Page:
The dominant form of classical Persian music played on the radio was a light and superficially modernized genre. To safeguard the classical heritage in its purest form the National Radio and Television Organization established the "Center for Preservation and Propagation of Classical Music" in Tehran in 1967, inviting a number of elderly master musicians to join and transmit their knowledge to a limited number of younger musicians. Shajarian participated in this select group and performed with other musicians at the Shiraz Festival of Art, founded at the initiative of Empress Farah in 1967. These concerts established the presence of classical Persian music in its most traditional form on the serious Iranian concert scene, previously dominated by Western classical music. Gradually Shajarian became a household name among music lovers. In 1977 he resigned his position with Iranian national radio and television agency.

BIOGRAPHICAL HIGHLIGHTS

Name: Mohamed Reza Shajarian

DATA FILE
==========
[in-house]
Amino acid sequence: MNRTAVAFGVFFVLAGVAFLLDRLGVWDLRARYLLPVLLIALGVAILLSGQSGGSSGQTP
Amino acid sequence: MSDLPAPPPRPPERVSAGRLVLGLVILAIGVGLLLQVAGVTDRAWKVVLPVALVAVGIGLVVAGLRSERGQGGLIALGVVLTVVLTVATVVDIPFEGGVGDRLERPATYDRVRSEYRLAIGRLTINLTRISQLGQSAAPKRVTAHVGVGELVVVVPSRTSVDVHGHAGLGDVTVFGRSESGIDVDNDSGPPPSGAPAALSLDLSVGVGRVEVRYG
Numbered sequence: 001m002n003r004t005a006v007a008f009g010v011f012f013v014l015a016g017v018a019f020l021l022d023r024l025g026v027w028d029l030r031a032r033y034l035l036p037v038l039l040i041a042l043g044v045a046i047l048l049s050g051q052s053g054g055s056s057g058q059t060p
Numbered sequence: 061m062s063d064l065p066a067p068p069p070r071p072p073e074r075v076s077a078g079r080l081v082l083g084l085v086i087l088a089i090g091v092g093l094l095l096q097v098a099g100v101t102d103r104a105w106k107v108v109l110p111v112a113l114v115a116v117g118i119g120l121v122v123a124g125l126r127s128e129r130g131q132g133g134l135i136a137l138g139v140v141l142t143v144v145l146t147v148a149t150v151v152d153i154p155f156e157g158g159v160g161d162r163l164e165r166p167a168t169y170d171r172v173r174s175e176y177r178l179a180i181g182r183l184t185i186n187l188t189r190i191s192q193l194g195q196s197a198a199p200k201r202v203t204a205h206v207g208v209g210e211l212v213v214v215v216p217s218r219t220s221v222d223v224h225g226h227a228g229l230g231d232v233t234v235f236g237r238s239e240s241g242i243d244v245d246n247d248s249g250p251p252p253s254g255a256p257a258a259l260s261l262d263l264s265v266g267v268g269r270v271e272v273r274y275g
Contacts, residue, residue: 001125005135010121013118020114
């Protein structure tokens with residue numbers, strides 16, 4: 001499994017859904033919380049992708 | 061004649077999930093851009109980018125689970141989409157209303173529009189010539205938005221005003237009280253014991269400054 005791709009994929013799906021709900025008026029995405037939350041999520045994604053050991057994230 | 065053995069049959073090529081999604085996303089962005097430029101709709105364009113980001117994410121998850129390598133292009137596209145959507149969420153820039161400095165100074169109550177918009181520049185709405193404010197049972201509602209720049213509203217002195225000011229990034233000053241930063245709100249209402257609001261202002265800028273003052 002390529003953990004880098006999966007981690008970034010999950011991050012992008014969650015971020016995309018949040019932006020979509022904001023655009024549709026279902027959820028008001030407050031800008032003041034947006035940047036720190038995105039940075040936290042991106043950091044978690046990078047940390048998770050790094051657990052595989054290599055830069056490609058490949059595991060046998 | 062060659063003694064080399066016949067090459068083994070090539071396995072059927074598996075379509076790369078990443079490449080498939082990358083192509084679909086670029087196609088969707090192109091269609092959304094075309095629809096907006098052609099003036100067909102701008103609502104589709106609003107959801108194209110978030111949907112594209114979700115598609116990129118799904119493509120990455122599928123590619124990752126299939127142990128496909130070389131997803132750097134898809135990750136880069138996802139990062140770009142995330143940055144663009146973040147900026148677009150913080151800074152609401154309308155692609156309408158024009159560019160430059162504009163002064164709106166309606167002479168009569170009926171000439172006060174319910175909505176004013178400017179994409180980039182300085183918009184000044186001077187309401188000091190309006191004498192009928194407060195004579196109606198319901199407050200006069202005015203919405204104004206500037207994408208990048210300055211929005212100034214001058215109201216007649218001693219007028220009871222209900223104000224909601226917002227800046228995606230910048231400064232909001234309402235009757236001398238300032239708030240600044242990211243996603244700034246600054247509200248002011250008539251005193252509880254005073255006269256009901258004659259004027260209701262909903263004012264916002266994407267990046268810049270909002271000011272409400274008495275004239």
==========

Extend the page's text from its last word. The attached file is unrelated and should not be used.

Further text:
Birth: 1940, Mashhad, Iran

Family: First wife, Farkhondeh Gol-Afshan, divorced; three daughters, Raheleh, Afsaneh, and Mozhgan; one son, Homayun; second wife, Katayun Khonsari; one son, Rayan

Nationality: Iranian

Education: Teacher training college, 1960

PERSONAL CHRONOLOGY:

  • 1960: School teacher in Khorasan province
  • 1965: Moves to Mashhad
  • 1967: Moves to Tehran, becomes employee of National Iranian Radio and Television; begins career as independent musican
  • 1977: Resigns from Iranian national radio
  • 1979–1982: Stops singing publicly because of government opposition
  • 1982: Resumes singing in public, although not at public events
  • 1985: Issues first audiocassette
  • 1999: UNESCO confers upon him the IMCUNESCO Music Prize

Shajarian in the Islamic Republic